Degrassi Junior High “Rumor Has It” (part 1 of 5)
In other news, Arthur and Yick bored everybody into deep, restful sleep in their quest to get taller.
So here we are: episode six of Degrassi Junior High. And I think, for the very first time, there’s no reason for me to digress in this intro. I don’t have any business about the extended Degrassi universe to get out of the way first. Not that there isn’t tons of stuff I could be talking about, like TNG Season 7 (which just came out on DVD), or the upcoming TV movie, or how several of the original TNG cast members have moved onto other shows like The Vampire Diaries, and now there’s yet another generation, a next next generation if you will, roaming the halls of Degrassi (it’s basically the Deep Space Nine spin-off I anticipated so long ago), and so on and so forth.
But it’s time to cut the crap. It’s been over two years since I started on this crazy adventure of recapping every single Degrassi Junior High episode, and I’m only up to episode six. It’s time to get a move on, because I really have no desire to be an senior citizen still writing about the lives and loves of junior high school students in the 1980s.
Actually, I do have something to say about at least one Degrassi spin-off from the early ‘90s. In between the last episode of Degrassi High and the TV movie that ended the series, School’s Out!, it appears a lot of the cast had nothing to do, really. So they all hopped in a van, traveled across Canada, and interviewed real teens about real teen problems.
The result was Degrassi Talks, a short-run documentary series that featured the cast of Degrassi talking to Canadians teens about their lives. (Seriously, this show really exists. It’s included as a bonus feature on the Degrassi Junior High box set and everything.) I only bring this up because the current episode, “Rumor Has It”, gets referenced a bit in the Degrassi Talks episode dealing with “Sexuality”, and in the process we get to know a little bit more about a certain cast member’s family. But I’ll save that for the end of recap, where it’ll make a lot more sense.
And now, at long last, the Very Special Lesbian Episode of Degrassi Junior High. Or, to be more precise, the Very Special I Might Have a Crush on My Teacher of the Same Sex Episode. The former, as you can tell, is easier to type. This is where Sweet Caitlin Ryan has lesbian dreams about Sweet Ms. Avery. Yes, they’re both sweet, so this episode should be doubly sweet, especially for me personally. It seems like I’ve been promising/threatening this recap for ages, so I hope the ep is just as great as what I’ve been imagining in my head all this time.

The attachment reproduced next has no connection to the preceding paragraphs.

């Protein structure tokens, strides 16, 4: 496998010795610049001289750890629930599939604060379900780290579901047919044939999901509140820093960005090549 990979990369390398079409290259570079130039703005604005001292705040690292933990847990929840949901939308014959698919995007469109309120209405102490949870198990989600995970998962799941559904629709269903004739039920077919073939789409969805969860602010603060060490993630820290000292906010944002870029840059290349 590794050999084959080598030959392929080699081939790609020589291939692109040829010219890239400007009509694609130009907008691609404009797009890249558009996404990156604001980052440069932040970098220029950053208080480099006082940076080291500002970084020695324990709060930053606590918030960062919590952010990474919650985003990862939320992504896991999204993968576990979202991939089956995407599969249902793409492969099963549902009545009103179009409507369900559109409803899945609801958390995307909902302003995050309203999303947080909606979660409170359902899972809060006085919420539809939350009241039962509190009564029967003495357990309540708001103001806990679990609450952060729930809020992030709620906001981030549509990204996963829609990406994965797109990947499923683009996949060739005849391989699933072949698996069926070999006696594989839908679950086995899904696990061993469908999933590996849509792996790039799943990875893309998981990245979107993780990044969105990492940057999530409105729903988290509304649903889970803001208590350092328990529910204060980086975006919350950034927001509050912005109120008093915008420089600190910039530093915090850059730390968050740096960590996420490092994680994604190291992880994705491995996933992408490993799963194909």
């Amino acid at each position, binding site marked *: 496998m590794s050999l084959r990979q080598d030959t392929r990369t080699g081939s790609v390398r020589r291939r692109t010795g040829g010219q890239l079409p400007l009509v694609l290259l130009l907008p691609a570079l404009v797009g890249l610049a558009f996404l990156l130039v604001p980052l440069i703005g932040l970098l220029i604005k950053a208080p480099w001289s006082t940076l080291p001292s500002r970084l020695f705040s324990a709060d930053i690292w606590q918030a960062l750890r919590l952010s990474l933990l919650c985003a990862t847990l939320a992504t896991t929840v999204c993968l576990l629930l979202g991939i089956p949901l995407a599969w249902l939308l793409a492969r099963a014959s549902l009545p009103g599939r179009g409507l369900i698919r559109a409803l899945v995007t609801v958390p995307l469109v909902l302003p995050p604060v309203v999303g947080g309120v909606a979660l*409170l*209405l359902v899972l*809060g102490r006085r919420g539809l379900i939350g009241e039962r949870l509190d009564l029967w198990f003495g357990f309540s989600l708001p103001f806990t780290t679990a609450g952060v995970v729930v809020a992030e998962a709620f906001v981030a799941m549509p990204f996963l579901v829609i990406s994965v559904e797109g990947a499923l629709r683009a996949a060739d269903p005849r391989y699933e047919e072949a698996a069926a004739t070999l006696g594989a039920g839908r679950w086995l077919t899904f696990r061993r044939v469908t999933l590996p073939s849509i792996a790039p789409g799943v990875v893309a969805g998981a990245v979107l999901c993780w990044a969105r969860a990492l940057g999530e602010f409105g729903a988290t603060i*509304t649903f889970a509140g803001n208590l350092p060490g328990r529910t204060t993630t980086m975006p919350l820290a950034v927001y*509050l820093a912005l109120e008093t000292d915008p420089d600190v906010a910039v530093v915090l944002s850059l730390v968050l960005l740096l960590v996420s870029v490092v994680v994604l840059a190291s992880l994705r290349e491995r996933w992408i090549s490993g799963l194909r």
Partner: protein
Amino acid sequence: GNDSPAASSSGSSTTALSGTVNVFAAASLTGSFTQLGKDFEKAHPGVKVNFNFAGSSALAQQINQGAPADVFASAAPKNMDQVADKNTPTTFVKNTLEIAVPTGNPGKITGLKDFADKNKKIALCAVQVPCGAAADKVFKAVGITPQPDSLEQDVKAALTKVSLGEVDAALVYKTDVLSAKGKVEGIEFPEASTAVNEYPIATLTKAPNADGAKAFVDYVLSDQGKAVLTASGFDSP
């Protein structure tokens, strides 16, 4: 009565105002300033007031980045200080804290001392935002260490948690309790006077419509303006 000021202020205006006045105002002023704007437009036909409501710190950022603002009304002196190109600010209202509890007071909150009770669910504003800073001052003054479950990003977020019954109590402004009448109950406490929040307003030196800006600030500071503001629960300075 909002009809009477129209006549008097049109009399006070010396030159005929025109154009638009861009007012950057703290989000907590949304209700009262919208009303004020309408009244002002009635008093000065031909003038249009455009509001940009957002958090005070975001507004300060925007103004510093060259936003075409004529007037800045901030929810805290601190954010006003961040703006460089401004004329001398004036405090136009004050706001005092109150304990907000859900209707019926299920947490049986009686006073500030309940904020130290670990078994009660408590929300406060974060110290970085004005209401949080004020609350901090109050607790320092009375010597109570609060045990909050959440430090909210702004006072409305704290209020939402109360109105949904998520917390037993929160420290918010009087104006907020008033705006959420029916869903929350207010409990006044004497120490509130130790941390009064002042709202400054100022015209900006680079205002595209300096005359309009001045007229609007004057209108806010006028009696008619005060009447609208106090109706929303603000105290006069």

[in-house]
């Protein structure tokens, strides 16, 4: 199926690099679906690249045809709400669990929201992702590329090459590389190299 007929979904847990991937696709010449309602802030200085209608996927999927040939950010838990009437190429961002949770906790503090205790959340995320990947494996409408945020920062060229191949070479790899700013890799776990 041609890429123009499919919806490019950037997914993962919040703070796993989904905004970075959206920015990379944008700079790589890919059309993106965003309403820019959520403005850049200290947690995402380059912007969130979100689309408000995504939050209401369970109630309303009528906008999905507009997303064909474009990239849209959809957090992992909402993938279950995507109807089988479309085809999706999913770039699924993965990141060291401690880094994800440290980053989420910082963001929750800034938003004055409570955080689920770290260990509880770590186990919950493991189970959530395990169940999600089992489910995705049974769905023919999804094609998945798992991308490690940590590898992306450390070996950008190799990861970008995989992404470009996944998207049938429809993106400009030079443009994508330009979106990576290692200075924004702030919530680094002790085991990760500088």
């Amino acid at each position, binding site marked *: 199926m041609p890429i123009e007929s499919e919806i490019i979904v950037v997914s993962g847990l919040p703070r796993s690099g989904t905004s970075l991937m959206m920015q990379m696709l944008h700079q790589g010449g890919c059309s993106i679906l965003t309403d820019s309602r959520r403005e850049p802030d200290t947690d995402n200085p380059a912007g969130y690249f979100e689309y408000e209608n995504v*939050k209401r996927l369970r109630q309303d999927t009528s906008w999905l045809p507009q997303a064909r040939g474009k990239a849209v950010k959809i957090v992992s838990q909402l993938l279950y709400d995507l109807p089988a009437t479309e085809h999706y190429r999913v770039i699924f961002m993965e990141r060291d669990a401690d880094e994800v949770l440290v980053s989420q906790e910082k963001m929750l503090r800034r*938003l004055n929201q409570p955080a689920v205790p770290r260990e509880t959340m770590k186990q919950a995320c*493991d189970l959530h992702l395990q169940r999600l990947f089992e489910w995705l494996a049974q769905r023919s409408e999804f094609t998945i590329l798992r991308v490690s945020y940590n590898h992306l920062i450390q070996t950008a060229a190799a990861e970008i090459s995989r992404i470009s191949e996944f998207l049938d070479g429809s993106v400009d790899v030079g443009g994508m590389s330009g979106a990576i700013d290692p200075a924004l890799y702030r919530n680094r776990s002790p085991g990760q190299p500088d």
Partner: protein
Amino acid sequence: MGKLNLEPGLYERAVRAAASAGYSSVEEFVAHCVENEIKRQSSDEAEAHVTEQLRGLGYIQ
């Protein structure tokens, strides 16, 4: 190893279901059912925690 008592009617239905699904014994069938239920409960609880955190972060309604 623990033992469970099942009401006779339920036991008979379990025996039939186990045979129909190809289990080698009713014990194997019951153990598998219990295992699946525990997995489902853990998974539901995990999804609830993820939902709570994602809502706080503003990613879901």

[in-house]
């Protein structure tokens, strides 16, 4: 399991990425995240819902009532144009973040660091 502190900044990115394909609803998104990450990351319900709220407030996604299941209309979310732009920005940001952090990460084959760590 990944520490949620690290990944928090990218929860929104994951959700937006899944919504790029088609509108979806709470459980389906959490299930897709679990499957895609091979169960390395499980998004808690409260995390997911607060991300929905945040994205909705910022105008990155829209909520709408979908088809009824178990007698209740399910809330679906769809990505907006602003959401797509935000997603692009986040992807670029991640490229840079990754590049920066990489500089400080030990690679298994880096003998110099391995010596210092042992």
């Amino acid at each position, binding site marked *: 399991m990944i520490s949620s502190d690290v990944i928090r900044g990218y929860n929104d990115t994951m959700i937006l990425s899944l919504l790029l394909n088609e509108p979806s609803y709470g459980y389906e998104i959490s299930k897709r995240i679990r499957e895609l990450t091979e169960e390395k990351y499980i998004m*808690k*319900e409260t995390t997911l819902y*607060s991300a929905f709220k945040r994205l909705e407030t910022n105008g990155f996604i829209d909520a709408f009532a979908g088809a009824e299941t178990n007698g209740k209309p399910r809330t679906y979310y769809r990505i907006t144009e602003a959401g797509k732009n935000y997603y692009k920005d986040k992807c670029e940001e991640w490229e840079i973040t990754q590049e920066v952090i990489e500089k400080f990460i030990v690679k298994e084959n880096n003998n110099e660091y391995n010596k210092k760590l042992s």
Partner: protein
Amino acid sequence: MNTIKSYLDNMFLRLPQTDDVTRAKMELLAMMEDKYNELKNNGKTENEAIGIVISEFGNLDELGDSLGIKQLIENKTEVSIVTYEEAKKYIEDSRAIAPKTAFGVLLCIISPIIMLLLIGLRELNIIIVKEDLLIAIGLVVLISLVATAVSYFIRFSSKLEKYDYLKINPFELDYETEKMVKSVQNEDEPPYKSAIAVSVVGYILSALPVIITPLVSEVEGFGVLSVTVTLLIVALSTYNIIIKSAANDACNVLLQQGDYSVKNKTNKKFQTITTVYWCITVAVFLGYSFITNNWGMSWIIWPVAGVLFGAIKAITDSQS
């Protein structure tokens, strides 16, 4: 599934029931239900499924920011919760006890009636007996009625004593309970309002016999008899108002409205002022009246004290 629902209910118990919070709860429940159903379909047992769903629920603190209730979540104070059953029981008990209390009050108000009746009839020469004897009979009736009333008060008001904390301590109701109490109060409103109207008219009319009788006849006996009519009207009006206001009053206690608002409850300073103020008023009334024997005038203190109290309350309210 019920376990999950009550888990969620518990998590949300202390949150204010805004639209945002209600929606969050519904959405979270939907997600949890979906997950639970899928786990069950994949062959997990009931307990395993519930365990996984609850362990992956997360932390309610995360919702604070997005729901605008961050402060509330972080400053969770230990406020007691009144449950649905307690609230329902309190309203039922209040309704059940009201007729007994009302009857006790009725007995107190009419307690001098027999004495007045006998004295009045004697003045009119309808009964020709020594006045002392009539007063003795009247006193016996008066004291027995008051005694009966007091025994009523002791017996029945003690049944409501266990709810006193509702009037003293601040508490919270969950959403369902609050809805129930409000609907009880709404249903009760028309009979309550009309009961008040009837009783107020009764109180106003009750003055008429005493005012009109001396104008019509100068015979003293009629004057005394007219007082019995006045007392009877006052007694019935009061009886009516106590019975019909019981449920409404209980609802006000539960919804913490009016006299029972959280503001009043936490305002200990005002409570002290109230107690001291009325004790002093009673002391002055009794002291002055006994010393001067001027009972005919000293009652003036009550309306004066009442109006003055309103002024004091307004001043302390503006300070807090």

The episode begins in Ms. Avery’s classroom, and it doesn’t take a trained eye to spot that things aren’t quite what they seem. The classroom is just way too neat and pretty. And Ms. Avery is speaking to the class from behind a huge row of lilacs. In fact, there are flowers everywhere. It is truly midnight at the Oasis.
Ms. Avery’s lecture is some sort of unfocused, pseudo-feminist rant. “Throughout history,” she says, “a lot of our heroines have been lost, or left unrecorded, due largely to the fact that most historians are men.” Hey, that’s not true. The heroin hasn’t been lost; plenty of it was freebased by the guy who wrote this episode. Oh, heroine, with an E. Never mind.
Ms. Avery rocks a pink pantsuit as she speaks to the class in soft, sultry tones. A shot of the students shows everyone sitting bolt upright at their desks, spines perfectly straight, hands folded in front of them. So, another indication that all is not as it seems.
Of course, if it were only the boys sitting like this, I’d assume they were all just trying to hide their raging boners. Come on, I don’t see how anyone could sit in Ms. Avery’s class day after day and not sport wood from time to time. I’m getting a little chubby at the moment myself, to tell you the truth. But this theory doesn’t hold up, because the girls are sitting exactly the same way.
One of the girls is Sweet Caitlin Ryan, played by the angelic Stacie Mistysyn, whom I’ve already discussed at great length on this website. Caitlin beams and smiles in the direction of Ms. Avery. Totally unprompted, she turns to her best friend (and school VP) Susie Rivera and says, “Ms. Avery is the best teacher I ever had! She makes stuff so interesting!” Ms. Avery’s class is so much better than Cats! I’m going to sit in Ms. Avery’s class again and again!
So, all the kids are sitting upright and they’re all focused forward and hanging on Ms. Avery’s every word. I think you can guess what’s going on here. Clearly, the students have all been brainwashed, and Mr. Raditch will be showing up any minute now with a big pitcher of Kool-Aid. Or, maybe not.